This Saturday, Christmas Eve, will be the 25th anniversary of the successful injunction action taken by the late Raymond Crotty, Irish economist and historian, on the European Community’s Single European Act treaty.
The FitzGerald-Spring Government which held office in 1986 had purported to ratify this Treaty, which established the European Community’s “single market”, by majority vote of the Oireachtas and refused repeated public calls for a referendum as the only constitutionally proper way to ratify it.
Raymond Crotty contended that once the SEA was ratified his rights and those of other Irish citizens to decide important areas of public policy would be transferred to Brussels and that only the Irish people themselves could make such a surrender of sovereignty in a constitutional referendum, as it is the people, not the politicians, who are the repositories of sovereignty under the Irish Constitution.
At 5 p.m. that Christmas Eve High Court Justice Mr Donald Barrington injuncted the State from ratifying the SEA pending trial of Raymond Crotty’s contention. Judge Barrington gave his judgement in the funereal gloom of a darkened Four Courts, with the judge and the lawyers in civies because it was outside official law term, and a couple of bored policemen standing around wondering when they would get home. News of the Crotty injunction was the first item on the radio news the Christmas morning following and was widely reported internationally.
Raymond Crotty’s substantive action on the Single European Act was subsequently rejected in the High Court on locus standi grounds – namely that the plaintiff had failed to show that he himself would be affected by the SEA. On appeal to the Supreme Court the late Mr Justice Brian Walsh remarked that Mr Crotty’s locus standi was like the proverbial Dutch boy standing with his finger in the dyke – holding back the flood of supranational legislation the SEA could be expected to engender!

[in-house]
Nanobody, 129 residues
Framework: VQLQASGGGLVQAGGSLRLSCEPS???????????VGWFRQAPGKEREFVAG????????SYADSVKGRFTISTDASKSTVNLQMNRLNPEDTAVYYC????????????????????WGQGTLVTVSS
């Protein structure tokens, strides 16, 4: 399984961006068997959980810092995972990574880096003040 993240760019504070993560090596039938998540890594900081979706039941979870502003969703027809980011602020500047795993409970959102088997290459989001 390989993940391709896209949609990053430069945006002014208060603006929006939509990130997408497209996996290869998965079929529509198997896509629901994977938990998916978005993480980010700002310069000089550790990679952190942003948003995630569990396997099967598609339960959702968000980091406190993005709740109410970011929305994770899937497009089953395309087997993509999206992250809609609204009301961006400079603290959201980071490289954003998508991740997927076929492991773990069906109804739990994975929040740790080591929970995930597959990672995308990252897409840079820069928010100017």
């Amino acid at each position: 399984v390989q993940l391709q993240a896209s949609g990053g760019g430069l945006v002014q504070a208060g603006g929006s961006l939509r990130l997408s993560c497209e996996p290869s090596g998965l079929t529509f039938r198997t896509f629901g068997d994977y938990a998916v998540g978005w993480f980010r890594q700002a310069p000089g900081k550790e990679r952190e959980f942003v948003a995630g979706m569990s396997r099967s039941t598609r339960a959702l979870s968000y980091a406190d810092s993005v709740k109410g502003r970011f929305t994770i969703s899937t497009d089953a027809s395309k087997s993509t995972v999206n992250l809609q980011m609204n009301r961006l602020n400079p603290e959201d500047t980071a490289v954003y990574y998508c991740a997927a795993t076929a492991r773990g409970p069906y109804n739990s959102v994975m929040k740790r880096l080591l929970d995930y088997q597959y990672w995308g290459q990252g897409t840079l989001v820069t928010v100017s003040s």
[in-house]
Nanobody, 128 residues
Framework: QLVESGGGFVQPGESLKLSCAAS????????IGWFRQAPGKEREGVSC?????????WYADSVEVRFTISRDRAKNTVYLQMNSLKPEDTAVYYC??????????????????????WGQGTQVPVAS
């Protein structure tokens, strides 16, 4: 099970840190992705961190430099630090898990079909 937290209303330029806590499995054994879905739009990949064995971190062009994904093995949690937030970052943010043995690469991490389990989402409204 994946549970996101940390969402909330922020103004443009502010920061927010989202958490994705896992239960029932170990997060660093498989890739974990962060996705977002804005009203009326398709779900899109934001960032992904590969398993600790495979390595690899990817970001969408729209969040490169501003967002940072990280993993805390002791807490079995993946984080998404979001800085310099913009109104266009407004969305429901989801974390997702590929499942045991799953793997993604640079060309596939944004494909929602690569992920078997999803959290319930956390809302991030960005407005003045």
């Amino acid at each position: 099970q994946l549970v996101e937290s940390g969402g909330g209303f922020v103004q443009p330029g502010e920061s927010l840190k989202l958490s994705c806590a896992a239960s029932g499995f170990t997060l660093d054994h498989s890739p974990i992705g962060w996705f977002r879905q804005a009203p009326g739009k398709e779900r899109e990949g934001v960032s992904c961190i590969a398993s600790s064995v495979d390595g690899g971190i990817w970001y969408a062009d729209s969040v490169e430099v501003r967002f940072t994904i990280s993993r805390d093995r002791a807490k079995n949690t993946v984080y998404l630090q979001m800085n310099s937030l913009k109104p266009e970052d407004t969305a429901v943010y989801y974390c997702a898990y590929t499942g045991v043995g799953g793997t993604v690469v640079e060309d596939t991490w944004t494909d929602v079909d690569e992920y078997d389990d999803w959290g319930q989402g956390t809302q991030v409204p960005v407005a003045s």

In a three/two majority judgement the Supreme Court finally ruled in Crotty’s favour by laying down the principle that any surrender of sovereignty to the EU institutions could only be done by the Irish people themselves by referendum. The Court ruled that such a surrender was entailed by Title III of the Single European Act, which committed the State to closer European cooperation in foreign policy.
There was surprise at the time that the Court had declined to support Crotty’s contention that the scope and objectives of the original EEC, which the people had voted to join in the 1972 Accession referendum, were being significantly widened by the proposed Single European Act Treaty. In a unitary judgement the Court decided that the many substantive matters in the Single European Act which were of particular concern to Crotty himself and which had taken up most of the time in the court pleadings, were implicitly covered by the original “license” given by the people in the 1972 Accession referendum that permitted the State to join a “developing” European Community.
If the Supreme Court had adjudged these areas of the Single European Act to be unconstitutional, it would have been an implicit slap in the face to Ireland’s then President, Patrick Hillery, for failing to refer to the Supreme Court the European Communities Bill 1986, which had previously been put through the Oireachtas, for a judgement on its constitutionality. This Bill purported to bring the relevant provisions of the SEA into Irish domestic law.